So, how do you separate the wheat from the chaff?

    You cannot as the wheat and the weeds must grow together until harvest time…

    What are we to do? Structures have to be created to confront evil and the only structure that can do this is one that serves the Truth.

    I have suggested a structured way forward initially for the Priesthood but then to include all the laity/faithful. See my post via the link,
    https://www.associationofcatholicpriests.ie/2018/07/fifty-years-on-and-still-a-disputed-question/#comment-94797

    So yes, the weeds have to grow with the wheat, as we are taught not resist the evil doer, rather the light/grace of Truth exposes the wolves who would steal the sheep and the poacher as he wanders around in the darkness, ensnaring the innocent/lambs.

    It could be said the Church needs an Amnesty within herself, as in, embracing the ‘gentle’ cleansing grace of humility,

    kevin your brother
    In Christ

  5. Stephen de Weger says:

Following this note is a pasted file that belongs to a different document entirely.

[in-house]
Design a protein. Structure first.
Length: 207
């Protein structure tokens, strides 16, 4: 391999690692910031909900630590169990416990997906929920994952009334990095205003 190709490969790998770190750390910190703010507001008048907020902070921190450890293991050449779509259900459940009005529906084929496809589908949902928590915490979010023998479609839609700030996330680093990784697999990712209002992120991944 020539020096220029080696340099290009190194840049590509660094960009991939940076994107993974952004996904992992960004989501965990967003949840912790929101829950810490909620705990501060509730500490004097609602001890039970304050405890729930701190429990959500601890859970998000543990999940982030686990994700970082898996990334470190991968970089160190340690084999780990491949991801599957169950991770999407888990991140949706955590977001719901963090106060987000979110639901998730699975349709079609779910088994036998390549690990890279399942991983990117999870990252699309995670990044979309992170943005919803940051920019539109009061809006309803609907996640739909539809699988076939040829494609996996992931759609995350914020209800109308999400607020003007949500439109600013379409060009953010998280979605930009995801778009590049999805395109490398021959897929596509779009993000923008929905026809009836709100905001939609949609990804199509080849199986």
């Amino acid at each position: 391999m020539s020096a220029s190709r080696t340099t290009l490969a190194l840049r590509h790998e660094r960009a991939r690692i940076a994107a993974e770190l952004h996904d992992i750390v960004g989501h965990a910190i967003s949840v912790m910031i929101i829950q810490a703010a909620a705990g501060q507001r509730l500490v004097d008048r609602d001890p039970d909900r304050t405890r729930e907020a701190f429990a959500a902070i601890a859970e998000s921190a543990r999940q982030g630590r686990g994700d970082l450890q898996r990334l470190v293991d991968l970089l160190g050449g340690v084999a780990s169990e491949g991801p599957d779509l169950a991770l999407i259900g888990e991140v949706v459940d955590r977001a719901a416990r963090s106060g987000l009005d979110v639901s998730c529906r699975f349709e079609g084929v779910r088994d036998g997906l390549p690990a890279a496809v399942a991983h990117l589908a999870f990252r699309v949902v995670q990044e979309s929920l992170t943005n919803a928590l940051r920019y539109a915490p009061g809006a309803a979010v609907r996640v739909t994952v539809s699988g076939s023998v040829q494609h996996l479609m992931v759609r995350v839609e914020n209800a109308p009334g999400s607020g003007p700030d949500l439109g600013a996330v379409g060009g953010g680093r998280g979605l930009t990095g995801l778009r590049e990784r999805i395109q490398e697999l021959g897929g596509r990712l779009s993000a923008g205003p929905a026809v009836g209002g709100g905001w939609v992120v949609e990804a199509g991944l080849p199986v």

You are absolutely on the right track, Sean. But alas, this ‘reason’ is not the popular one or the one that many in the church, even those seeking to end clergy abuse, want to accept. Why? Because it is going down the path of perhaps needing to criticise liberal attitudes to sexual expression, including homosexual expression, something not popular with many of today’s Catholics. The question needing to be asked is “do today’s clergy and hierarchy accept the more liberal approach to sex and if so, why don’t they just come out, be honest and say as much”. If they did then there would be less chance of ‘blackmail’ or inaction. Oh, that’s right, they might lose their jobs if they are honest about it. Better to live a double life. My research question (see https://eprints.qut.edu.au/96038/ ) has always been…but what about the other people involved in clergy sexual activity? What becomes of them? Now I ask, how has all this clergy sexual activity impacted the whole abuse reality, the church’s responses to it and, the church as a whole? You have another excellent researcher in your own country, Margaret Kennedy, who has done such a brilliant and thorough investigation of clergy sexual abuse of adult women. Worth getting (The Well From Which We Drink Is Poisoned: Clergy sexual exploitation of adult women – by Margaret Kennedy: http://ethos.bl.uk/OrderDetails.do?uin=uk.bl.ethos.507071 (Free registration then Login needed (Kennedy’s PhD dissertation is so thorough and delves into so many aspects of CSMAA and explains the process of grooming, entrapment and escape so convincingly).